The wagon-maker, seeing the sexton's great lamentation, is moved to compassion, and gives him the cart. The sexton, well pleased, takes the cart and goes away to the collier; the collier gives him the coals; the coals he takes to the smith; the smith gives him the mattock; the mattock he takes to the woodman; the woodman gives him wood; the wood he carries to the baker; the baker gives him bread; the bread he carries to the dog; the dog gives him a hair; the hair he puts in his nose, and heals the bite.
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The second class contains the versions in which all the actors are animals or personified inanimate objects. The first example we shall give is from Avellino in the Principato Ulteriore (Imbriani, p. 239), and is called:
LXXX. THE COCK AND THE MOUSE.
Once upon a time there was a cock and a mouse. One day the mouse said to the cock: "Friend Cock, shall we go and eat some nuts on yonder tree?" "As you like." So they both went under the tree and the mouse climbed up at once and began to eat. The poor cock began to fly, and flew and flew, but could not come where the mouse was. When it saw that there was no hope of getting there, it said: "Friend Mouse, do you know what I want you to do? Throw me a nut." The mouse went and threw one and hit the cock on the head. The poor cock, with its head broken and all covered with blood, went away to an old woman. "Old aunt, give me some rags to cure my head." "If you will give me two hairs, I will give you the rags." The cock went away to a dog. "Dog, give me some hairs; the hairs I will give the old woman; the old woman will give me rags to cure my head." "If you will give me a little bread," said the dog, "I will give you the hairs." The cock went away to a baker. "Baker, give me bread; I will give the bread to the dog; the dog will give hairs; the hairs I will carry to the old woman; the old woman will give me rags to cure my head." The baker answered: "I will not give you bread unless you give me some wood!" The cock went away to the forest. "Forest, give me some wood; the wood I will carry to the baker; the baker will give me some bread; the bread I will give to the dog; the dog will give me hairs; the hairs I will carry to the old woman; the old woman will give me rags to cure my head." The forest answered: "If you will bring me a little water, I will give you some wood." The cock went away to a fountain. "Fountain, give me water; water I will carry to the forest; forest will give wood; wood I will carry to the baker; baker will give bread; bread I will give dog; dog will give hairs; hairs I will give old woman; old woman will give rags to cure my head." The fountain gave him water; the water he carried to the forest; the forest gave him wood; the wood he carried to the baker; the baker gave him bread; the bread he gave to the dog; the dog gave him the hairs; the hairs he carried to the old woman; the old woman gave him the rags; and the cock cured his head.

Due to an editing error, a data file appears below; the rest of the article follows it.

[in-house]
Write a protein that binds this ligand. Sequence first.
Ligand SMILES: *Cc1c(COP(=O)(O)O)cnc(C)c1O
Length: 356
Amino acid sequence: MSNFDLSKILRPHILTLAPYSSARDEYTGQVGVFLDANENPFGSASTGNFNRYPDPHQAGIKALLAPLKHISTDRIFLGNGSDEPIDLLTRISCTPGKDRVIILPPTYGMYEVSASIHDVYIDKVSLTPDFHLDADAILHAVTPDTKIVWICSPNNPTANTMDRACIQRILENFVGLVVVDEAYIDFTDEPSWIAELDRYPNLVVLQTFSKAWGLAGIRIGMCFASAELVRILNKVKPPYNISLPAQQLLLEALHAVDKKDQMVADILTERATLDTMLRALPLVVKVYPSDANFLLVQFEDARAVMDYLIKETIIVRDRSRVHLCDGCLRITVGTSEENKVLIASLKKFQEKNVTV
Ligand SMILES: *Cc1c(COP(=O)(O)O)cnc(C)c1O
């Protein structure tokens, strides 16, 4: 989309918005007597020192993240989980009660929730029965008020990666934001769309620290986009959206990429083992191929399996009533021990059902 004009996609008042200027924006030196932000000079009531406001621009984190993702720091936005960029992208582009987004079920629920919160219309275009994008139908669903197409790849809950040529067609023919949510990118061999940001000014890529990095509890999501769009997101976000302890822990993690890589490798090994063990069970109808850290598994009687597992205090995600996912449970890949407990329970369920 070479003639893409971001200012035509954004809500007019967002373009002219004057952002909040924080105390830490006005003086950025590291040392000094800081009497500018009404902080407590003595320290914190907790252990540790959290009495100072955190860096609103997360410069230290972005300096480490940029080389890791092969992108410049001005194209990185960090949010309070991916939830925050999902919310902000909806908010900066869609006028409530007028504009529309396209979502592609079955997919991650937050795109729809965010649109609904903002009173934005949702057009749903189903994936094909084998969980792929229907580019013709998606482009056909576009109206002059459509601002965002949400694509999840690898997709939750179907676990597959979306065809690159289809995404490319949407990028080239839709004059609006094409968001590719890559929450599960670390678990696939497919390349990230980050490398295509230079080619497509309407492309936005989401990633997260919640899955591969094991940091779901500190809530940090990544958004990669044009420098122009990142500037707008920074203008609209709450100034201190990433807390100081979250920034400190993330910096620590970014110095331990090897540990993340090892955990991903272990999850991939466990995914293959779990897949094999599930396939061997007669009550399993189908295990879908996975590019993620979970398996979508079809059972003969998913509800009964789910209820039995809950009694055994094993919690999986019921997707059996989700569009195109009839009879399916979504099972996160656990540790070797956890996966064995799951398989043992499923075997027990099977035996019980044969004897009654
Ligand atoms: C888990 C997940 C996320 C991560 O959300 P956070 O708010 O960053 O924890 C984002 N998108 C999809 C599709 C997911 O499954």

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There are other versions from Florence (Nov. fior. p. 551), Bologna (Coronedi-Berti, X. p. 16), and Venice (Bernoni, Punt. III. p. 74), which do not call for any detailed notice. In the Florentine version a cock gives a peck at a mouse's head and the mouse cries out: "Where must I go to be cured?" Then follow the various objects which are almost identical with those in the other versions. The mouse, however, is killed by the ox, to which he goes last. The Venetian version is the most elaborate; in it the cock and mouse go nutting together, and while the former flies up into the tree and throws the nuts down, the mouse eats them all up. When the cock comes down he flies into a passion and gives the mouse a peck at his head. The mouse runs off in terror, and the rest of the story is as above until the end. The last person the mouse calls on is a cooper, to make him a bucket to give to the well, to get water, etc. The cooper asks for money, which the mouse finds after a while. He gives the money to the cooper and says: "Take and count it; meanwhile I am going to drink, for I am dying of thirst." As he is going to drink he sees Friend Cock coming along. "Ah, poor me," says he to himself, "I am a dead mouse!" The cock sees him and goes to meet him and says: "Good day, friend, are you still afraid of me? Come, let us make peace!" The mouse then takes heart and says: "Oh, yes, yes! let us make peace!"